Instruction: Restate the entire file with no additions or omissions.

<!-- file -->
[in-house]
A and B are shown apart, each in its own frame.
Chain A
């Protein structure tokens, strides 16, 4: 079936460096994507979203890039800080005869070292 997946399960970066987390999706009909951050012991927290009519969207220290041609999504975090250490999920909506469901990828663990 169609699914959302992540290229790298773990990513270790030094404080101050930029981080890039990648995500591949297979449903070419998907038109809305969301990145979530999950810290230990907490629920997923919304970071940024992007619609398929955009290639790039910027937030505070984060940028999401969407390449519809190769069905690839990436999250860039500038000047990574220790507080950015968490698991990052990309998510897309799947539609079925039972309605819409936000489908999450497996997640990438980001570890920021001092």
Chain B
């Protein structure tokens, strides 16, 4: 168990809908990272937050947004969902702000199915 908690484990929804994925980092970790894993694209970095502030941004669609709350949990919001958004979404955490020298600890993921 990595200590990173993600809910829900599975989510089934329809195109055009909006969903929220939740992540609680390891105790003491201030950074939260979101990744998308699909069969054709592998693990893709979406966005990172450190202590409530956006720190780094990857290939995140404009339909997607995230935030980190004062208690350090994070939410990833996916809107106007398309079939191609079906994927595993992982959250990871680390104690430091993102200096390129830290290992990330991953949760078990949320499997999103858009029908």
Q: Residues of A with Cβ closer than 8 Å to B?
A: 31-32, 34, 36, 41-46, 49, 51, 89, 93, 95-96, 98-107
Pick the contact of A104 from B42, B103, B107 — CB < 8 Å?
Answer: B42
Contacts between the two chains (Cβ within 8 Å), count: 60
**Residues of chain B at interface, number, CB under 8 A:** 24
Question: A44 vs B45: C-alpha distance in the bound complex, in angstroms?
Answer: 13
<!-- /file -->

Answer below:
[in-house]
A and B are shown apart, each in its own frame.
Chain A
């Protein structure tokens, strides 16, 4: 079936460096994507979203890039800080005869070292 997946399960970066987390999706009909951050012991927290009519969207220290041609999504975090250490999920909506469901990828663990 169609699914959302992540290229790298773990990513270790030094404080101050930029981080890039990648995500591949297979449903070419998907038109809305969301990145979530999950810290230990907490629920997923919304970071940024992007619609398929955009290639790039910027937030505070984060940028999401969407390449519809190769069905690839990436999250860039500038000047990574220790507080950015968490698991990052990309998510897309799947539609079925039972309605819409936000489908999450497996997640990438980001570890920021001092």
Chain B
């Protein structure tokens, strides 16, 4: 168990809908990272937050947004969902702000199915 908690484990929804994925980092970790894993694209970095502030941004669609709350949990919001958004979404955490020298600890993921 990595200590990173993600809910829900599975989510089934329809195109055009909006969903929220939740992540609680390891105790003491201030950074939260979101990744998308699909069969054709592998693990893709979406966005990172450190202590409530956006720190780094990857290939995140404009339909997607995230935030980190004062208690350090994070939410990833996916809107106007398309079939191609079906994927595993992982959250990871680390104690430091993102200096390129830290290992990330991953949760078990949320499997999103858009029908």
Q: Residues of A with Cβ closer than 8 Å to B?
A: 31-32, 34, 36, 41-46, 49, 51, 89, 93, 95-96, 98-107
Pick the contact of A104 from B42, B103, B107 — CB < 8 Å?
Answer: B42
Contacts between the two chains (Cβ within 8 Å), count: 60
**Residues of chain B at interface, number, CB under 8 A:** 24
Question: A44 vs B45: C-alpha distance in the bound complex, in angstroms?
Answer: 13